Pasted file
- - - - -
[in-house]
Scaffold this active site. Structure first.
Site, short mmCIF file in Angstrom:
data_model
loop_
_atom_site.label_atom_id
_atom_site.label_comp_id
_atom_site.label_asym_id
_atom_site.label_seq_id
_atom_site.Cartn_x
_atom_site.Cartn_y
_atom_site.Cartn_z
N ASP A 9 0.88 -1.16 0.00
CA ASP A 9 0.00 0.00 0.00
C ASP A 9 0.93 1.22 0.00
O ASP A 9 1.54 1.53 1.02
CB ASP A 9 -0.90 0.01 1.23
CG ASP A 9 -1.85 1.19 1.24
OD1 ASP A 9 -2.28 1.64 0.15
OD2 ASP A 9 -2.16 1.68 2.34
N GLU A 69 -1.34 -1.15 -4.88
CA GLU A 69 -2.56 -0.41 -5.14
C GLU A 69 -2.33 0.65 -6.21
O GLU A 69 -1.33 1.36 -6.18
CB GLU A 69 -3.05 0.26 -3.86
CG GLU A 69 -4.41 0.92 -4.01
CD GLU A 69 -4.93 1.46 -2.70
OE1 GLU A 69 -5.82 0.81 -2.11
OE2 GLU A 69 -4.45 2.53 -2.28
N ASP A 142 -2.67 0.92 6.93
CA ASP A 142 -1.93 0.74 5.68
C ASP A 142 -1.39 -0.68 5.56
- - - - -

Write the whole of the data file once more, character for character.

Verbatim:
[in-house]
Scaffold this active site. Structure first.
Site, short mmCIF file in Angstrom:
data_model
loop_
_atom_site.label_atom_id
_atom_site.label_comp_id
_atom_site.label_asym_id
_atom_site.label_seq_id
_atom_site.Cartn_x
_atom_site.Cartn_y
_atom_site.Cartn_z
N ASP A 9 0.88 -1.16 0.00
CA ASP A 9 0.00 0.00 0.00
C ASP A 9 0.93 1.22 0.00
O ASP A 9 1.54 1.53 1.02
CB ASP A 9 -0.90 0.01 1.23
CG ASP A 9 -1.85 1.19 1.24
OD1 ASP A 9 -2.28 1.64 0.15
OD2 ASP A 9 -2.16 1.68 2.34
N GLU A 69 -1.34 -1.15 -4.88
CA GLU A 69 -2.56 -0.41 -5.14
C GLU A 69 -2.33 0.65 -6.21
O GLU A 69 -1.33 1.36 -6.18
CB GLU A 69 -3.05 0.26 -3.86
CG GLU A 69 -4.41 0.92 -4.01
CD GLU A 69 -4.93 1.46 -2.70
OE1 GLU A 69 -5.82 0.81 -2.11
OE2 GLU A 69 -4.45 2.53 -2.28
N ASP A 142 -2.67 0.92 6.93
CA ASP A 142 -1.93 0.74 5.68
C ASP A 142 -1.39 -0.68 5.56